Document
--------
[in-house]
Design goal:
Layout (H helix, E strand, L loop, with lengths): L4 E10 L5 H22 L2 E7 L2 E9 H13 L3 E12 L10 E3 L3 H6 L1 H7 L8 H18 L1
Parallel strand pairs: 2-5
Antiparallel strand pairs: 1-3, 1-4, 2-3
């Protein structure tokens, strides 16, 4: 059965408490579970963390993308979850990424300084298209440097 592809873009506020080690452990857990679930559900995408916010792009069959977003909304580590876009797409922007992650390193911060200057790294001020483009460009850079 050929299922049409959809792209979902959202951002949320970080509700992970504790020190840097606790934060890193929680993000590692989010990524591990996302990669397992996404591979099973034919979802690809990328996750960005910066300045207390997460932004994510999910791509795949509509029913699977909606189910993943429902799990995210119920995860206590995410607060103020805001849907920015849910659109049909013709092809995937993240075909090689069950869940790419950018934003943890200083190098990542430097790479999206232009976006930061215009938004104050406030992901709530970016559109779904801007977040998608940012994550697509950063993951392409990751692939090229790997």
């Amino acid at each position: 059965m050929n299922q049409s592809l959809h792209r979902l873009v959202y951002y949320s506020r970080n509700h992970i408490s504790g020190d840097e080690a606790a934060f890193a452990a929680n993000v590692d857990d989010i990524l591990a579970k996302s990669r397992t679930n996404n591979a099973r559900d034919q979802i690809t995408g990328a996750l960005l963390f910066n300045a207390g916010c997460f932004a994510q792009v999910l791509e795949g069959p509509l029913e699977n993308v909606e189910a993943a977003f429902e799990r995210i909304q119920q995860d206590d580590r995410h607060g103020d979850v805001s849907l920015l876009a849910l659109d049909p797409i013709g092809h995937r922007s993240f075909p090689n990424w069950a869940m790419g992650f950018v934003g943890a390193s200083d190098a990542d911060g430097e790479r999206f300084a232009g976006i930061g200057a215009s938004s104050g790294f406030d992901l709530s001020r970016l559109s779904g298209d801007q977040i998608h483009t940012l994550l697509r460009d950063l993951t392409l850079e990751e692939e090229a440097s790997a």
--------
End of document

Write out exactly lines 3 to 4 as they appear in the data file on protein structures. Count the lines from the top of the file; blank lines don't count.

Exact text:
Layout (H helix, E strand, L loop, with lengths): L4 E10 L5 H22 L2 E7 L2 E9 H13 L3 E12 L10 E3 L3 H6 L1 H7 L8 H18 L1
Parallel strand pairs: 2-5